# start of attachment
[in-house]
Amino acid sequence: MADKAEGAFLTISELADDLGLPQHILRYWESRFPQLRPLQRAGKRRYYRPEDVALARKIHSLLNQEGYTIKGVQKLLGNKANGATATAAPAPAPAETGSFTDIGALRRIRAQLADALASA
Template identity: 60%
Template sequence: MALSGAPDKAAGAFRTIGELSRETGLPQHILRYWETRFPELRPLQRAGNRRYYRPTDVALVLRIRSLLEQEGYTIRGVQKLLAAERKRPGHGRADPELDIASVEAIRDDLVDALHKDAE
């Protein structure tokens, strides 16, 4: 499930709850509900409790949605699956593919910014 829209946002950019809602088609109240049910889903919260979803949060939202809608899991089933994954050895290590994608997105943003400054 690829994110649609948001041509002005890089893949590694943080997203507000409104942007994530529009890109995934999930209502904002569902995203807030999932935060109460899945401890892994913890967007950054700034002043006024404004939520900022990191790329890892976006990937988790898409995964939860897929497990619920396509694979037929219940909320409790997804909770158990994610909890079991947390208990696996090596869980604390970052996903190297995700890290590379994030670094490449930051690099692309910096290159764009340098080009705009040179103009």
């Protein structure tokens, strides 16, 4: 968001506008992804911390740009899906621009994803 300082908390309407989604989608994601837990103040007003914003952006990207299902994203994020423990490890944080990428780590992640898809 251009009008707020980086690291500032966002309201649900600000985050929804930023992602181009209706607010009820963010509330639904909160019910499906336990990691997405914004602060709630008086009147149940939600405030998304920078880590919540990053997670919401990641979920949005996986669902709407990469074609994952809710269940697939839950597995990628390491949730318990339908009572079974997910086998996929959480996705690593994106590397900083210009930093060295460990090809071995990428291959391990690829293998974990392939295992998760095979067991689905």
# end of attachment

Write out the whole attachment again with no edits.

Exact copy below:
[in-house]
Amino acid sequence: MADKAEGAFLTISELADDLGLPQHILRYWESRFPQLRPLQRAGKRRYYRPEDVALARKIHSLLNQEGYTIKGVQKLLGNKANGATATAAPAPAPAETGSFTDIGALRRIRAQLADALASA
Template identity: 60%
Template sequence: MALSGAPDKAAGAFRTIGELSRETGLPQHILRYWETRFPELRPLQRAGNRRYYRPTDVALVLRIRSLLEQEGYTIRGVQKLLAAERKRPGHGRADPELDIASVEAIRDDLVDALHKDAE
């Protein structure tokens, strides 16, 4: 499930709850509900409790949605699956593919910014 829209946002950019809602088609109240049910889903919260979803949060939202809608899991089933994954050895290590994608997105943003400054 690829994110649609948001041509002005890089893949590694943080997203507000409104942007994530529009890109995934999930209502904002569902995203807030999932935060109460899945401890892994913890967007950054700034002043006024404004939520900022990191790329890892976006990937988790898409995964939860897929497990619920396509694979037929219940909320409790997804909770158990994610909890079991947390208990696996090596869980604390970052996903190297995700890290590379994030670094490449930051690099692309910096290159764009340098080009705009040179103009």
């Protein structure tokens, strides 16, 4: 968001506008992804911390740009899906621009994803 300082908390309407989604989608994601837990103040007003914003952006990207299902994203994020423990490890944080990428780590992640898809 251009009008707020980086690291500032966002309201649900600000985050929804930023992602181009209706607010009820963010509330639904909160019910499906336990990691997405914004602060709630008086009147149940939600405030998304920078880590919540990053997670919401990641979920949005996986669902709407990469074609994952809710269940697939839950597995990628390491949730318990339908009572079974997910086998996929959480996705690593994106590397900083210009930093060295460990090809071995990428291959391990690829293998974990392939295992998760095979067991689905």